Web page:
Internet “Screen-scrapers” are a way to gather all this information on a regular basis without hiring a 24×7 staff of interns to do it all. You could use a tool like this to track used-market versions of your product on, correlate your stores sales in different cities to the local weather by screen-scraping data from , or even just the number of hits on your firms name on various search engines hour-by-hour. As a search on the internet will reveal, there are several examples on the web of “mashups” where data is pulled from multiple sources and presented in a way that provides new insight. A common angle with mashups now is to plot information about business, real estate, traffic, and so on against a map site like Mapquest or Google Earth. I’ve found a mashup of Google Earth and real-estate data on that allows you to see recently sold home prices on a map. Another mashup on shows a map that plots locations of businesses that recently received venture capital. At first glance, someone might think these are just for looking to buy a house or find a job with a new company. But how about research for a construction business or forecasting business growth in a new industry? We are limited only by our resourcefulness.

You can imagine almost limitless combinations of analysis by creating mashups of sites like Myspace and/or YouTube to measure cultural trends or public opinion. Ebay gives us tons of free data about behavior of sellers, buyers and what is being bought and sold and there are already several powerful analytical tools to summarize all the data on Ebay. Comments and reviews of individual products on the sites of Sears, Walmart, Target, and are a source of free input from consumers if we are clever enough to exploit it. The mind reels.

If you step back from it, fundamentally screen-scraping simply deals with repurposing information. The information you’re after with happens to be in a format that makes it less usable, and screen-scraping allows you to put it in a format that is. As Douglas points out, the ability to do this leads to infinite possibilities.

He touches on a few basic reasons for doing screen-scraping:

  1. Watching information as it changes over time.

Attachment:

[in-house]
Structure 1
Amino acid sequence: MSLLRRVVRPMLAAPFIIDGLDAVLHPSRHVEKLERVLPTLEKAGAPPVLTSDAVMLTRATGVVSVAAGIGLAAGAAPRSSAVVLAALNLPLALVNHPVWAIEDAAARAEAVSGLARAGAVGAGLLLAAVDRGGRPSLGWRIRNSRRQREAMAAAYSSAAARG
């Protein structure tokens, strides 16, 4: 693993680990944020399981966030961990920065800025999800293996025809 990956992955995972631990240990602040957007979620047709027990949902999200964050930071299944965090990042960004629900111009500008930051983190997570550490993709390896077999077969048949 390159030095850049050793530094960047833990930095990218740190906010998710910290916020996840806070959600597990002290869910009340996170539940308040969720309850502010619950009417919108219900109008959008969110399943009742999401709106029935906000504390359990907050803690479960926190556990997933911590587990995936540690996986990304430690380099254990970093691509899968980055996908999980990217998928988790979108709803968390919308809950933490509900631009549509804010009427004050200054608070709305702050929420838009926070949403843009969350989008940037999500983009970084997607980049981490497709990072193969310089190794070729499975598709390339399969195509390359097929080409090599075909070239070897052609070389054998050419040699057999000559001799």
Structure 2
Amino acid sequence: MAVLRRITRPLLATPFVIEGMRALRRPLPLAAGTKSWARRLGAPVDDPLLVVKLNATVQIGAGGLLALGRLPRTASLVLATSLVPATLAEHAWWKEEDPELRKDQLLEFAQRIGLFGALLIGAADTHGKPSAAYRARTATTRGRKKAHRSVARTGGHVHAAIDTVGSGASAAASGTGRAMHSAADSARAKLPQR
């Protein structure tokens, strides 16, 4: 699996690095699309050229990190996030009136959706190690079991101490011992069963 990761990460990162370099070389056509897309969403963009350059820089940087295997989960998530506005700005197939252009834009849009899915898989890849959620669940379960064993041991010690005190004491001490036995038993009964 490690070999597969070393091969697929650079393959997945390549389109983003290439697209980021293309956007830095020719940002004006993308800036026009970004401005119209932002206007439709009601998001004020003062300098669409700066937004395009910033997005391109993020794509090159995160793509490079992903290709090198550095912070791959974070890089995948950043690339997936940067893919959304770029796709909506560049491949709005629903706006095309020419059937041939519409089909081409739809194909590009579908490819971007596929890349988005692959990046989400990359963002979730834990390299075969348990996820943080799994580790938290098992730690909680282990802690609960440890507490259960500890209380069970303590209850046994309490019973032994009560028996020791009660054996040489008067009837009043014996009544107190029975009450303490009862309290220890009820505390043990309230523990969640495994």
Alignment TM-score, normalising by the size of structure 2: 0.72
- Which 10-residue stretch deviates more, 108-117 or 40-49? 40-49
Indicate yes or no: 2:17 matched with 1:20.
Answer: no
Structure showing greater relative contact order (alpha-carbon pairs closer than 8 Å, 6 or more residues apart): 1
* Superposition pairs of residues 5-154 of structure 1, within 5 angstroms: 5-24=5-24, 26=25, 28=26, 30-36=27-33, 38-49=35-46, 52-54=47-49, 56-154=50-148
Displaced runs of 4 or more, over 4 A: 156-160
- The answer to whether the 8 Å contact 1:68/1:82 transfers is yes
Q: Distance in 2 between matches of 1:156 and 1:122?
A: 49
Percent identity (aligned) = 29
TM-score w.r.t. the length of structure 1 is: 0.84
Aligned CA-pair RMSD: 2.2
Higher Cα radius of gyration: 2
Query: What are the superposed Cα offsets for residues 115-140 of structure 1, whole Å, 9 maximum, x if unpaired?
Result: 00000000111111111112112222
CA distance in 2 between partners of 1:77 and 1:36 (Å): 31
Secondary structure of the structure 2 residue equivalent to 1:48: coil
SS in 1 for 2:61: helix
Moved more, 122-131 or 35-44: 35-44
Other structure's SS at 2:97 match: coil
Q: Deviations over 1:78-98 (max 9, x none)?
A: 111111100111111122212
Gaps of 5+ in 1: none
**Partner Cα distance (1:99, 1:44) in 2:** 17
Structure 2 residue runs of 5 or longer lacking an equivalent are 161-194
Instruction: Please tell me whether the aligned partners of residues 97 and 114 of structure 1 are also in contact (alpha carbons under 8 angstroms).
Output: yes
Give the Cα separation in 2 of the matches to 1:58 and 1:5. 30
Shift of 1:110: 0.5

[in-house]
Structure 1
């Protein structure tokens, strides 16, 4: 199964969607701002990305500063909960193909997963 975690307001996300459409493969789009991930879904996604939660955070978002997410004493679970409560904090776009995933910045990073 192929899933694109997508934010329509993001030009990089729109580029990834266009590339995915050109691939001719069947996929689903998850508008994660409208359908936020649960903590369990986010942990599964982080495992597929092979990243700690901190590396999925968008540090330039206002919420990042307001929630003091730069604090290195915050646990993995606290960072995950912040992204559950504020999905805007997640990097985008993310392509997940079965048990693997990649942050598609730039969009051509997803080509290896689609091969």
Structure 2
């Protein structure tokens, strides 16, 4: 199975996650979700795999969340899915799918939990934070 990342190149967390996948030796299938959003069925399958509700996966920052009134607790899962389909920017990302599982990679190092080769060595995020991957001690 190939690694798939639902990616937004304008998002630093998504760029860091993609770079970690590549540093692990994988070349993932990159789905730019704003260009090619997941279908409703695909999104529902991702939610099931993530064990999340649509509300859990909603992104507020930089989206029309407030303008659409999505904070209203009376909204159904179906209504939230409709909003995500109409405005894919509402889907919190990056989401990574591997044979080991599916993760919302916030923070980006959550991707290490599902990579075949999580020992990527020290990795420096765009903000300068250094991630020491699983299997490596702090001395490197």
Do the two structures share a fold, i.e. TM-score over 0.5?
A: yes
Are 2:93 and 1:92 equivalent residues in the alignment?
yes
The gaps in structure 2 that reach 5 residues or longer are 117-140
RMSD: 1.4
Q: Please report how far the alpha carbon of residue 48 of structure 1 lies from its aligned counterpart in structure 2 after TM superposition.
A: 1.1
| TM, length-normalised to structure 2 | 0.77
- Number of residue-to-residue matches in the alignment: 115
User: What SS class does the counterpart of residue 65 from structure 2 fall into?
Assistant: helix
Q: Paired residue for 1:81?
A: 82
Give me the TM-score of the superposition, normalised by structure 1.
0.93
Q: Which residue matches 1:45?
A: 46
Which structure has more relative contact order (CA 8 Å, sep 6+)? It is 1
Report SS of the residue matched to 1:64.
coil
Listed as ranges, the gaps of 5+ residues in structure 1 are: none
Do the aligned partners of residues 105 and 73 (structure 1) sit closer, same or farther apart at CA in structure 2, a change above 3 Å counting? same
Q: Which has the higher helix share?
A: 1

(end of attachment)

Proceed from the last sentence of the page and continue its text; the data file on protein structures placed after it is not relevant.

2. Aggregating data into a single repository.
  3. Combining information from multiple sources in such a way that the whole is greater than the sum of the parts.

Chances are, any one of us could come up with all kinds of examples of each, and many of them would apply directly to the type of work we do. Every industry deals with information. It’s likely that some of the information you deal with on a day-to-day basis would be more useful to you if it could be repurposed in one of the three ways I mention. How would your business benefit if you could be notified when one of your products is mentioned? How much time could you save if you were able to take any existing set of data you deal with frequently, and enrich it by aggregating information onto it? For example, you might take real estate property listings, and enhance it by adding information for each property that can be readily obtained from a county assessor’s web site. The end product could be quite useful, but it would be unreasonable to manually copy and paste the information from the web site. Screen-scraping allows this kind of thing to be done in an automated fashion.

How to Measure Anything isn’t available just yet, but I’d highly recommend keeping an eye out for it. If you work in an industry that deals with information and measurement (and I can’t think of one that doesn’t), you’d likely benefit from the principles Douglas teaches. Keep an eye on his How to Measure Anything web site for updates, or if you’d like to pre-order the book.

Using screen-scraper to automatically test embedded devices

Posted in Miscellaneous, Thoughts on 09.12.06 by Todd Wilson

A while back I flew out to Huntsville, AL to work with a government contractor company on automating the testing of embedded devices. To this day I’m not entirely sure what these little machines did, but they each had a web interface that needed testing (much like that of a wireless router, if you’ve worked with those before). This isn’t the most common usage for screen-scraper, but it turned out to be just what they needed.

I worked closely with Greg Chapman, one of their engineers, and he recently wrote an article on the experience entitled Testing aerospace UUTs leads to Web solution. Greg’s a smart guy, and has continued to use screen-scraper in ways that I wouldn’t have even considered.